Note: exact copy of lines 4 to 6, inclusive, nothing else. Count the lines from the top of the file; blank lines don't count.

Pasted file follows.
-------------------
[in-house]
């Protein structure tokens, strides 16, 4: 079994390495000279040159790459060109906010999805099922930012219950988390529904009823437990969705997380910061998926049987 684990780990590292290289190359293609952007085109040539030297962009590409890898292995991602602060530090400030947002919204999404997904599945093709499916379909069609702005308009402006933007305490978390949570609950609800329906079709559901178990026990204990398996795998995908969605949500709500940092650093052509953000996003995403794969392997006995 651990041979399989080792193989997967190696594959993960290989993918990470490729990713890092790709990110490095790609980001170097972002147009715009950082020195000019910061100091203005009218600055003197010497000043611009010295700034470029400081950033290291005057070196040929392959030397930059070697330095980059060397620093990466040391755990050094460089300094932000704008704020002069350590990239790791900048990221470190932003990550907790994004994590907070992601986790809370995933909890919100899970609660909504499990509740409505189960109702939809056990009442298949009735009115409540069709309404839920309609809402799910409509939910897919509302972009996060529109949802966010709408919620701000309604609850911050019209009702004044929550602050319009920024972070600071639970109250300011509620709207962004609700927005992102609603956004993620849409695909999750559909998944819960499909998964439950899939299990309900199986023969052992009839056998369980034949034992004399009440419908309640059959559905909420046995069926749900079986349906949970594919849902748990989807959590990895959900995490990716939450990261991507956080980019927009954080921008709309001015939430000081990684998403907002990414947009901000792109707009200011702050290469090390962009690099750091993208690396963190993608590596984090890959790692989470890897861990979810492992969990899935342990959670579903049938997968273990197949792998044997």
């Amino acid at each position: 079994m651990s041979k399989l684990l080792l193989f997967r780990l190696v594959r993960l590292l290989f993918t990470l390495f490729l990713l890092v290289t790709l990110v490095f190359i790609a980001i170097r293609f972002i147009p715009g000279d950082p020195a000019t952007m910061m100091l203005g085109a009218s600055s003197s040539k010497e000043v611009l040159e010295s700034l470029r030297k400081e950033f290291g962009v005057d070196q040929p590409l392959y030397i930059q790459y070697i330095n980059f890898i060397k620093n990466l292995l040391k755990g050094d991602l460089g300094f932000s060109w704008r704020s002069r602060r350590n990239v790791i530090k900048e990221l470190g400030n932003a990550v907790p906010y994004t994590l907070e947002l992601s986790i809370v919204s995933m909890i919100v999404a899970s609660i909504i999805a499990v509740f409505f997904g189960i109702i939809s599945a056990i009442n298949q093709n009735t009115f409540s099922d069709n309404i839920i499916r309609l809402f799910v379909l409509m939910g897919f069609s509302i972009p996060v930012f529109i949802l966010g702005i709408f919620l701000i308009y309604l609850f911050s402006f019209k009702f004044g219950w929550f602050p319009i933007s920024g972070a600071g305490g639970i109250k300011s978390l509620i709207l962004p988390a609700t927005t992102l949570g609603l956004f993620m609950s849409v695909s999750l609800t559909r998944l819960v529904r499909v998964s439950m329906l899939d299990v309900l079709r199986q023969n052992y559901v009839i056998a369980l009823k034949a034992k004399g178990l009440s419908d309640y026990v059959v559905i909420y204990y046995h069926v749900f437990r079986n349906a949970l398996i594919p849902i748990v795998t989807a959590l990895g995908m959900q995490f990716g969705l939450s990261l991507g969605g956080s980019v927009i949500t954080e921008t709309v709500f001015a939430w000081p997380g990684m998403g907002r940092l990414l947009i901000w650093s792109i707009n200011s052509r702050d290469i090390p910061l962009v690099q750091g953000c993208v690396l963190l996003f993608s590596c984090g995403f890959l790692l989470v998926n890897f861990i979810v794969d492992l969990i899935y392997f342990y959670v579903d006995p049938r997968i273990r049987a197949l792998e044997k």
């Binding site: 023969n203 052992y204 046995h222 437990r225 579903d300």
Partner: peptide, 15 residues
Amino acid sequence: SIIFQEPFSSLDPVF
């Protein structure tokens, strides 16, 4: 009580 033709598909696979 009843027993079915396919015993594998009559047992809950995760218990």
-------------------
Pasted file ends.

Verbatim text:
């Binding site: 023969n203 052992y204 046995h222 437990r225 579903d300």
Partner: peptide, 15 residues
Amino acid sequence: SIIFQEPFSSLDPVF